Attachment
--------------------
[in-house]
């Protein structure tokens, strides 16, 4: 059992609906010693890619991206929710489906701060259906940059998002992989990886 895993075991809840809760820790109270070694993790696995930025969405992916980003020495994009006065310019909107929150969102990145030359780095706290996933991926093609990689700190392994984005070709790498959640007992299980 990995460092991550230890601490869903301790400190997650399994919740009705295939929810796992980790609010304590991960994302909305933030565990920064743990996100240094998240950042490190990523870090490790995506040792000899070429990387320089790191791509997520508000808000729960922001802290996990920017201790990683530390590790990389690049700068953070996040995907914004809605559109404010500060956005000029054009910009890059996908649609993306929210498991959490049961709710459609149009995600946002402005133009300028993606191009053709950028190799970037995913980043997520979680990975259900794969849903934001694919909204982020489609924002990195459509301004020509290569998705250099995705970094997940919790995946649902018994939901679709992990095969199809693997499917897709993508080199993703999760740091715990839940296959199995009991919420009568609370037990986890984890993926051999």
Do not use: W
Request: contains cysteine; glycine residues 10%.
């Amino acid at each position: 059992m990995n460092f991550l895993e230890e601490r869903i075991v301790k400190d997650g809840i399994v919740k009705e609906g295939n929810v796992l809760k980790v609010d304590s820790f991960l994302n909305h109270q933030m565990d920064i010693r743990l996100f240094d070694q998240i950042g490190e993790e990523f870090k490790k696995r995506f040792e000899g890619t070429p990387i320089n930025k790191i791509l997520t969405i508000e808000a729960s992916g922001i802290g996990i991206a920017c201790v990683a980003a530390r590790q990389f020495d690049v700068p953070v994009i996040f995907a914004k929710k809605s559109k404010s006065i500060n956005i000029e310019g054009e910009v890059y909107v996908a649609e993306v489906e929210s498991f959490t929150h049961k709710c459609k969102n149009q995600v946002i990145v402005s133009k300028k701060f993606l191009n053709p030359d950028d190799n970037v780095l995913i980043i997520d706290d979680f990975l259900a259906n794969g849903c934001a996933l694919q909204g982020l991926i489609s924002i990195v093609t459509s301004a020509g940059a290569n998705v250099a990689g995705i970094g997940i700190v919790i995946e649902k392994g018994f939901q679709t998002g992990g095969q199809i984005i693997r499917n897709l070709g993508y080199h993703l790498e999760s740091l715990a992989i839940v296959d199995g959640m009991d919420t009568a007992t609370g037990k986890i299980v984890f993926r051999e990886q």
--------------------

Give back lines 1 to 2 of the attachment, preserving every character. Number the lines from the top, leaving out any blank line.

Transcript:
[in-house]
């Protein structure tokens, strides 16, 4: 059992609906010693890619991206929710489906701060259906940059998002992989990886 895993075991809840809760820790109270070694993790696995930025969405992916980003020495994009006065310019909107929150969102990145030359780095706290996933991926093609990689700190392994984005070709790498959640007992299980 990995460092991550230890601490869903301790400190997650399994919740009705295939929810796992980790609010304590991960994302909305933030565990920064743990996100240094998240950042490190990523870090490790995506040792000899070429990387320089790191791509997520508000808000729960922001802290996990920017201790990683530390590790990389690049700068953070996040995907914004809605559109404010500060956005000029054009910009890059996908649609993306929210498991959490049961709710459609149009995600946002402005133009300028993606191009053709950028190799970037995913980043997520979680990975259900794969849903934001694919909204982020489609924002990195459509301004020509290569998705250099995705970094997940919790995946649902018994939901679709992990095969199809693997499917897709993508080199993703999760740091715990839940296959199995009991919420009568609370037990986890984890993926051999």